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FDA Expands Opdivo (Nivolumab) Labeling to Include NSCLC
The FDA has given the green light to Opdivo (nivolumab, Bristol-Myers Squibb) injection, for intravenous (IV) use, for the treatment of patients with metastatic squamous non–small-cell lung cancer (NSCLC) with progression on or after platinum-based chemotherapy.
Opdivo is the first programmed death receptor-1 (PD-1) therapy to demonstrate overall survival in patients with previously treated metastatic squamous NSCLC. The treatment achieved significantly superior overall survival (OS) compared with docetaxel
This approval is the second for Opdivo in the U.S. within 3 months. The drug was previously approved for the treatment of patients with unresectable or metastatic melanoma who no longer respond to other drugs. The new approval for NSCLC was based on results from the CheckMate-017 and CheckMate-063 trials.
CheckMate-017 was a phase III, open-label, randomized, multinational study that evaluated nivolumab (3 mg/kg IV over 60 minutes every 2 weeks) (n = 135) compared with standard-of-care docetaxel (75 mg/m2 IV administered every 3 weeks) (n = 137) in patients with metastatic squamous NSCLC who had progressed during or after a prior platinum doublet-based chemotherapy regimen. The study included patients regardless of their programmed death ligand-1 (PD-L1) status. The trial’s primary endpoint was OS.
In January, the study was stopped based on an assessment conducted by an independent data-monitoring committee, which concluded that the study met its endpoint, demonstrating superior OS in patients receiving nivolumab compared with those treated with docetaxel. The prespecified interim analysis was conducted when 199 events (86% of the planned number of events for the final analysis) were observed (86 in the nivolumab arm and 113 in the docetaxel arm).
Opdivo is the only FDA-approved monotherapy to demonstrate superior OS compared with standard of care in more than 15 years in patients with previously treated metastatic squamous NSCLC. The median OS was 9.2 months in the nivolumab arm and 6.0 months in the docetaxel arm. The hazard ratio was 0.59 (P = 0.00025). This hazard ratio translates to a 41% reduction in the risk of death with nivolumab compared with docetaxel.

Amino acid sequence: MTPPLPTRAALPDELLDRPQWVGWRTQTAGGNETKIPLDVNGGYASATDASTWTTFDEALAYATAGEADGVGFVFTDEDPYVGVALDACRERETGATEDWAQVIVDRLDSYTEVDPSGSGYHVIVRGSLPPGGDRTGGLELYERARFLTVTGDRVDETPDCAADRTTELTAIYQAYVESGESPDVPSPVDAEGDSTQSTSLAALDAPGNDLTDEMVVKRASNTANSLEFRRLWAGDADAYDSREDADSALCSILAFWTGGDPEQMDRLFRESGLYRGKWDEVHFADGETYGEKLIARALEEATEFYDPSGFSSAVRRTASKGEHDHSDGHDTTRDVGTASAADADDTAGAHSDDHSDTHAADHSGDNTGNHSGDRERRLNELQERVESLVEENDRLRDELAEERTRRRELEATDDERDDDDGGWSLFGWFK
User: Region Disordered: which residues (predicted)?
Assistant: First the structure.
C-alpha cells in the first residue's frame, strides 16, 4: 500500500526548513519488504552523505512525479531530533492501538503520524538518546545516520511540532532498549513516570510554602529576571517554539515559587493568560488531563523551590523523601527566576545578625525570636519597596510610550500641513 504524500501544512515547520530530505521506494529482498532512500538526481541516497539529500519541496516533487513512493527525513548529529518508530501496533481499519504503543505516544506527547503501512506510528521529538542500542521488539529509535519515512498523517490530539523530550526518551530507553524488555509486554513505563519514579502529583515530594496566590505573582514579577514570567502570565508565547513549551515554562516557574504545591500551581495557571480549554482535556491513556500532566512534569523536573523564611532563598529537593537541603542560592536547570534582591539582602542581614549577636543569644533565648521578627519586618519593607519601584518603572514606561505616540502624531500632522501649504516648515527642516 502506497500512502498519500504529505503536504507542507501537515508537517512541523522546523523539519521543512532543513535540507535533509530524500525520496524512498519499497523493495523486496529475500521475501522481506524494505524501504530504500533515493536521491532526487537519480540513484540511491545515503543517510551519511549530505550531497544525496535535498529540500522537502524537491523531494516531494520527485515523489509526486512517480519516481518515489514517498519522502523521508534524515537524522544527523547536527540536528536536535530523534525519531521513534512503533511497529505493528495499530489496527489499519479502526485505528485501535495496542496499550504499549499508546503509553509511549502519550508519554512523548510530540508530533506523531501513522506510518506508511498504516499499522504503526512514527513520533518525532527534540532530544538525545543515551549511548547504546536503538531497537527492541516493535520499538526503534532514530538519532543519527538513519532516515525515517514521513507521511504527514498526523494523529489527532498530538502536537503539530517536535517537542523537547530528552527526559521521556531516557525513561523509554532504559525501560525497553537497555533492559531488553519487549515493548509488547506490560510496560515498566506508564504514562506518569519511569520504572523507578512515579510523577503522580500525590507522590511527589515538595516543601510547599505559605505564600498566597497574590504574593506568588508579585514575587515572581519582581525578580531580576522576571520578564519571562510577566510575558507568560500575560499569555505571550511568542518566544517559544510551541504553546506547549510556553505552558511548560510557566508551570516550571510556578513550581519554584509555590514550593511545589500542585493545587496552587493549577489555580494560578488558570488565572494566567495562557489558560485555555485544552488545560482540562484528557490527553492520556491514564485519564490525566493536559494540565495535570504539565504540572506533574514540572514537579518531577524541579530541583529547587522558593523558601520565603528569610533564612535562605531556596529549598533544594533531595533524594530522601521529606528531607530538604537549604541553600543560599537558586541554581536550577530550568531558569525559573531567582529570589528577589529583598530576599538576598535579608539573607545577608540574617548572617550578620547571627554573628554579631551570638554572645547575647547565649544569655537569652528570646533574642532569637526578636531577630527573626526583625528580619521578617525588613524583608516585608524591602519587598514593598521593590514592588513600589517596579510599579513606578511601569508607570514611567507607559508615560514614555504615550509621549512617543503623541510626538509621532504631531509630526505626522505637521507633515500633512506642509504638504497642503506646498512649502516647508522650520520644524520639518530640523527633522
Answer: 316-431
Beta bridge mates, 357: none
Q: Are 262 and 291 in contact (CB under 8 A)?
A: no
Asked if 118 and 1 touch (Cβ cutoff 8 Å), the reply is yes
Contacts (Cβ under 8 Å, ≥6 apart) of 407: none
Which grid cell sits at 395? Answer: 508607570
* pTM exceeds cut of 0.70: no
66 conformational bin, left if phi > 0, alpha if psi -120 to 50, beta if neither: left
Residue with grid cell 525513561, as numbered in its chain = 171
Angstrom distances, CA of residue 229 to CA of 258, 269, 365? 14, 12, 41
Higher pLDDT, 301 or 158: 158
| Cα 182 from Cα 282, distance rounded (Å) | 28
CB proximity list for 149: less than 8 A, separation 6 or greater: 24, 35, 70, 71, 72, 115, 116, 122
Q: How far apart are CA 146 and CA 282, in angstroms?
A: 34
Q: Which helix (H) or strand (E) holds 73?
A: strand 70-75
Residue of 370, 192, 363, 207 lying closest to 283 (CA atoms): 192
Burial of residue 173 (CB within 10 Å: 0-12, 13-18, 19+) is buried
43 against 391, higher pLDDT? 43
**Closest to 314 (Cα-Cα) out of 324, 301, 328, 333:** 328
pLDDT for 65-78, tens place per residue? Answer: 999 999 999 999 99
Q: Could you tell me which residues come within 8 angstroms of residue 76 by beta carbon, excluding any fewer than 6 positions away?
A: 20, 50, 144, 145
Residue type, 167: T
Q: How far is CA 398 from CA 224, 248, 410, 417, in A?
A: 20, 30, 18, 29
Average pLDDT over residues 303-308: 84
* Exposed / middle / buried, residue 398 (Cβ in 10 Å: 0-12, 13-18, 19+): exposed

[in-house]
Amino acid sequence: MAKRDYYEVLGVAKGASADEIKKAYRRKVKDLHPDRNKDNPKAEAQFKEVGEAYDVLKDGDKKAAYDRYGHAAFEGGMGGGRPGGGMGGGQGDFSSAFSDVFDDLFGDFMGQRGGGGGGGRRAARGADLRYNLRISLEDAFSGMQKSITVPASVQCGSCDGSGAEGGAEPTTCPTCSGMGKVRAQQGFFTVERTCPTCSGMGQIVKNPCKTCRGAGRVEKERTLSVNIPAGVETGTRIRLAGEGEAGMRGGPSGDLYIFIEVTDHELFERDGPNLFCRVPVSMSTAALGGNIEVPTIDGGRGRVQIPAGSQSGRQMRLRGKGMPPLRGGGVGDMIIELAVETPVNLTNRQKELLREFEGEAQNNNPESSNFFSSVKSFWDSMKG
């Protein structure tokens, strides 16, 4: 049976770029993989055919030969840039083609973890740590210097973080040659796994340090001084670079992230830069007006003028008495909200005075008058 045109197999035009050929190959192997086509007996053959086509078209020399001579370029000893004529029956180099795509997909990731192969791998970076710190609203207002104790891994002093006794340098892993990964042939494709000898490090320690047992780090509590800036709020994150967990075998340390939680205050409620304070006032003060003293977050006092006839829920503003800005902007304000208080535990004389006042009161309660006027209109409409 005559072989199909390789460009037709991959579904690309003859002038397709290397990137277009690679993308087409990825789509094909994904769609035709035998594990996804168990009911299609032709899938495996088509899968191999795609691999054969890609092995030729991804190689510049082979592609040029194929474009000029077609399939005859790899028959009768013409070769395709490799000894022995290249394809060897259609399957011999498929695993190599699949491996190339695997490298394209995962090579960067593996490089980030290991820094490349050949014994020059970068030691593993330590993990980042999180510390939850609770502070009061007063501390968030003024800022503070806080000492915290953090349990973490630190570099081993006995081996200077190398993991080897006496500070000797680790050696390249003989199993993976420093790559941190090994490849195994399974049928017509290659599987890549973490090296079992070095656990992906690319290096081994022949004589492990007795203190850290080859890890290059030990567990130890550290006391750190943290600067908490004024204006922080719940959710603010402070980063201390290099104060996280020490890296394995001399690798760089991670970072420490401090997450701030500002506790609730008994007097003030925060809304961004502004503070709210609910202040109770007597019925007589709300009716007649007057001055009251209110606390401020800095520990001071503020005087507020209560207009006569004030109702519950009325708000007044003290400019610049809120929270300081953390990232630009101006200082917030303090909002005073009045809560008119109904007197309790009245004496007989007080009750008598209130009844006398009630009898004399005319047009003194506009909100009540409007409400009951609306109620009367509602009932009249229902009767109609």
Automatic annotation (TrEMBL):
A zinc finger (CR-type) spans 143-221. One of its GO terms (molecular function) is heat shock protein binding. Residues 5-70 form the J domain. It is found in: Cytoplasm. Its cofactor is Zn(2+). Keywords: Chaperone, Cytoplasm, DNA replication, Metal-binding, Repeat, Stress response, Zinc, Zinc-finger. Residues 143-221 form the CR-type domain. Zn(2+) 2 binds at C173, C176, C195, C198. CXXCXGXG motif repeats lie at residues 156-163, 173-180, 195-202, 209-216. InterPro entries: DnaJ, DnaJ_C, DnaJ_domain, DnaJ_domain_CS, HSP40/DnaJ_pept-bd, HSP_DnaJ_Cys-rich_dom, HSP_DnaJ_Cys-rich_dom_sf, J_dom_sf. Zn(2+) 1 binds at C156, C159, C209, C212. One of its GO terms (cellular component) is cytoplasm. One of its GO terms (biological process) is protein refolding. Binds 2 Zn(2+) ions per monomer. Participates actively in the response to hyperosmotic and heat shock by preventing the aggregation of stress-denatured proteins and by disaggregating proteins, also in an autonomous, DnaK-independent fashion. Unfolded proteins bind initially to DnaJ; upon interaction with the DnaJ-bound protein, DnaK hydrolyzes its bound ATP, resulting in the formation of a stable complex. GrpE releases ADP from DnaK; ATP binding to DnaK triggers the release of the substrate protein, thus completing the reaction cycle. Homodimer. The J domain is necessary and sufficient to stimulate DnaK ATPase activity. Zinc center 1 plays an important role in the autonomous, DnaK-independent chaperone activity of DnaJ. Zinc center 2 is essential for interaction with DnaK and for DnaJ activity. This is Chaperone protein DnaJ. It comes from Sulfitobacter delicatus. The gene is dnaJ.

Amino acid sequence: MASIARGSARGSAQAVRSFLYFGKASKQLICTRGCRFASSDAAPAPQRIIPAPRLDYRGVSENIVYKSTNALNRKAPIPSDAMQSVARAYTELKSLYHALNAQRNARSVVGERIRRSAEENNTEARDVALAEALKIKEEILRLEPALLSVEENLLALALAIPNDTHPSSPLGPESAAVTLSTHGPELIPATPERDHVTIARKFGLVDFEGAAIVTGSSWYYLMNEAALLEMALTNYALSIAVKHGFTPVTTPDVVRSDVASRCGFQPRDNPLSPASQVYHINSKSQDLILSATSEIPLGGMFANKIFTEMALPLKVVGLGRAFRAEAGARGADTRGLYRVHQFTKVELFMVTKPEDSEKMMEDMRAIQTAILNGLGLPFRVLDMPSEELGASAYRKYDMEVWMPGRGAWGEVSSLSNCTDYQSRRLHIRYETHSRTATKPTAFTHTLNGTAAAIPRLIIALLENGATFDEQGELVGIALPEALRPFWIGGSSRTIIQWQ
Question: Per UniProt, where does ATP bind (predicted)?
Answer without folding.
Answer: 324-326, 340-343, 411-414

The safety profile of nivolumab in patients with squamous NSCLC was established in the CheckMate-063 trial, a phase II single-arm, open-label, multinational study of nivolumab administered as a single agent in 117 patients with metastatic squamous NSCLC who had progressed after receiving a platinum-based therapy and at least one additional systemic treatment regimen. The patients received 3 mg/kg of nivolumab IV administered over 60 minutes every 2 weeks. The trial included patients regardless of their PD-L1 status.
The most common adverse events (AEs) included fatigue (50%), dyspnea (38%), musculoskeletal pain (36%), decreased appetite (35%), cough (32%), nausea (29%), and constipation (24%). Serious AEs occurred in 59% of patients receiving nivolumab. The most common serious AEs included dyspnea, pneumonia, exacerbation of chronic obstructive pulmonary disease, pneumonitis, hypercalcemia, pleural effusion, hemoptysis, and pain. Nivolumab was discontinued because of AEs in 27% of patients. Twenty-nine percent of patients receiving nivolumab had a drug delay for an AE.
With at least 10 months of minimum follow-up for all patients, the confirmed objective response rate, the study’s primary endpoint, was 15% (17/117); all were partial responses. The median time to onset of a response was 3.3 months (range: 1.7 to 8.8 months) after the start of nivolumab treatment. Seventy-six percent of nivolumab responders (13/17 patients) had ongoing responses, with the durability of response ranging from 1.9+ to 11.5+ months; 10 of these 17 patients (59%) had durable responses of 6 months or longer.
Sources: Bristol-Myers Squibb; March 5, 2015; and FDA; March 4, 2015.